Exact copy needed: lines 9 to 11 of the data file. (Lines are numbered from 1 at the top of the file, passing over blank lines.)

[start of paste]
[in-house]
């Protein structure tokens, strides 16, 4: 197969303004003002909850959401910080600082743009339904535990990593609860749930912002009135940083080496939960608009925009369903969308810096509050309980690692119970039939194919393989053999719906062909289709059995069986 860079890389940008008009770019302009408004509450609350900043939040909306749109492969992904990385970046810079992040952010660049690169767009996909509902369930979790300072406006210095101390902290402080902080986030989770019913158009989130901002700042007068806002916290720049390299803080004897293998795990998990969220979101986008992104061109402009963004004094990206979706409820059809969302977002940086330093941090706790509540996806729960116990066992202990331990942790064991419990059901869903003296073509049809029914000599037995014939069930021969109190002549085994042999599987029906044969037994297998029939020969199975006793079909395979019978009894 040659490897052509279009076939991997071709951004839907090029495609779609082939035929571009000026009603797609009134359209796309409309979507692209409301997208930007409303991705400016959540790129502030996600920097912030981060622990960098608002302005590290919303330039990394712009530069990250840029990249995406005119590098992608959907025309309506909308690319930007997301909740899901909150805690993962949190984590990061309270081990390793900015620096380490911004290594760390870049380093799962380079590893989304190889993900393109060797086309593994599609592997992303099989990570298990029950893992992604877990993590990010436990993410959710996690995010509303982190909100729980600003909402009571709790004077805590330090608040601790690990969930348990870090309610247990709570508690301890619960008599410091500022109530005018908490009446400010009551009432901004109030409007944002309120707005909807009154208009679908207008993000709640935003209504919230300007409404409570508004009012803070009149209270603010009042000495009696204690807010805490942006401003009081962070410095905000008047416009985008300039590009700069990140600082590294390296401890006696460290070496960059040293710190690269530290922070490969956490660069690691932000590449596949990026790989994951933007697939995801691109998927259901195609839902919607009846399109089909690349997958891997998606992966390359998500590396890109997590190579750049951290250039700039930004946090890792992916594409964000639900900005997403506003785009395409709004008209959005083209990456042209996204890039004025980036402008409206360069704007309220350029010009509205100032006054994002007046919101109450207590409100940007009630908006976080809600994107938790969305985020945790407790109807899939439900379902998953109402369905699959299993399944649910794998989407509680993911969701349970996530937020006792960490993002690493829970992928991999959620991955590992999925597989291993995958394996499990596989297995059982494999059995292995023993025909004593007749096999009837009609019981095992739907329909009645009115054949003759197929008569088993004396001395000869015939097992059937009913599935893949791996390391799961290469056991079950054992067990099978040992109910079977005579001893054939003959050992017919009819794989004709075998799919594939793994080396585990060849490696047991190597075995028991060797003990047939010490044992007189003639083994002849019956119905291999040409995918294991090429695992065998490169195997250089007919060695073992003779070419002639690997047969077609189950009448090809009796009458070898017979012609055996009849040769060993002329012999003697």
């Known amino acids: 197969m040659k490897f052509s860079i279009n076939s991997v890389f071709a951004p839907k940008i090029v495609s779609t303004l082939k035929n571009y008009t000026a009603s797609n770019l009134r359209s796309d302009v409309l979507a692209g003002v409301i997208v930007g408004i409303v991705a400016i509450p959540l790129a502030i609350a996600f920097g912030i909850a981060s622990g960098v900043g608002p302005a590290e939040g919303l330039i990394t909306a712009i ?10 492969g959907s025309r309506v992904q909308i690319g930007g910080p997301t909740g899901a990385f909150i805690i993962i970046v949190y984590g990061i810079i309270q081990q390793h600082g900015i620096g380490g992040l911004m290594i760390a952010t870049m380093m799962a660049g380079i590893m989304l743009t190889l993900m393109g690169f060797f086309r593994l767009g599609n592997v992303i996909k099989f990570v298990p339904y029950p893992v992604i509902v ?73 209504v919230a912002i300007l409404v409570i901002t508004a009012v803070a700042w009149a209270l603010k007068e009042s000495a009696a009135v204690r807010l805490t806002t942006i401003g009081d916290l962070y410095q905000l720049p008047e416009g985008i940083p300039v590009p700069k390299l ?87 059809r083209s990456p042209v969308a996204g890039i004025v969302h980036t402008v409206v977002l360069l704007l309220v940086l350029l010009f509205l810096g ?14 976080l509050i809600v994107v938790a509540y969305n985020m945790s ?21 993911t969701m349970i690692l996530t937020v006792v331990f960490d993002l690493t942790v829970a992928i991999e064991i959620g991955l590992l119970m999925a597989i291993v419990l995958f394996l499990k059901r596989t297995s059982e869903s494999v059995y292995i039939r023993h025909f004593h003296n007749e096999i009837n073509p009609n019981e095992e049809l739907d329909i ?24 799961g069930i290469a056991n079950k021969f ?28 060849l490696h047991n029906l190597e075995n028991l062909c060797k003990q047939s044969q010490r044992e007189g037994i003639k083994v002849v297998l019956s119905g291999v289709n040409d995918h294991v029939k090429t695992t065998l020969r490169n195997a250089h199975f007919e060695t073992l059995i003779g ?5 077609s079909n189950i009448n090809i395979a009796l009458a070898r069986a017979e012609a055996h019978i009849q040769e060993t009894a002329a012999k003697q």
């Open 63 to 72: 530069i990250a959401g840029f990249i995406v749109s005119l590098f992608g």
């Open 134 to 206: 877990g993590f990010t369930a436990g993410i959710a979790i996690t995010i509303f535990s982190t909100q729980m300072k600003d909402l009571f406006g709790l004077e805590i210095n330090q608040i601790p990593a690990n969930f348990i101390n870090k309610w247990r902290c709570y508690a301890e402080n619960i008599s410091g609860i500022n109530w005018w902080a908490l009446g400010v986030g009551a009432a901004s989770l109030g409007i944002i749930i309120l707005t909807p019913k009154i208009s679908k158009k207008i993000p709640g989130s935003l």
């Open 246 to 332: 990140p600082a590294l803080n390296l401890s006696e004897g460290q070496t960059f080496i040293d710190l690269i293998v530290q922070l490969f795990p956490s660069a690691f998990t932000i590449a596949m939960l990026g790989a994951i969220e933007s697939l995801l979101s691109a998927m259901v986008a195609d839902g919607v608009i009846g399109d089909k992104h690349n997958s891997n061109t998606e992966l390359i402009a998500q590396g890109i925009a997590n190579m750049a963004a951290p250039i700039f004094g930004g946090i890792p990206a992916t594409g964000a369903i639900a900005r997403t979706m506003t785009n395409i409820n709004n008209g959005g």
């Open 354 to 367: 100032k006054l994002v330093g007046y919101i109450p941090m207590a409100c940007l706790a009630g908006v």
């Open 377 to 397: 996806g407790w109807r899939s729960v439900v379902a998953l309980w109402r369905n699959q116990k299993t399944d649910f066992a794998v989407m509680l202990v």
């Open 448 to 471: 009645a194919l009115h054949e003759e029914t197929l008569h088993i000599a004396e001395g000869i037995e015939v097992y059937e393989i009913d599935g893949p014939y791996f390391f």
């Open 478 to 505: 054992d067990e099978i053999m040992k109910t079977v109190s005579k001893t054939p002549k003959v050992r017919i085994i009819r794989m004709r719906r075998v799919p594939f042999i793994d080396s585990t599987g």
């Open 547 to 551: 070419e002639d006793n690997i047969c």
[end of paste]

């Open 448 to 471: 009645a194919l009115h054949e003759e029914t197929l008569h088993i000599a004396e001395g000869i037995e015939v097992y059937e393989i009913d599935g893949p014939y791996f390391f």
């Open 478 to 505: 054992d067990e099978i053999m040992k109910t079977v109190s005579k001893t054939p002549k003959v050992r017919i085994i009819r794989m004709r719906r075998v799919p594939f042999i793994d080396s585990t599987g």
């Open 547 to 551: 070419e002639d006793n690997i047969c």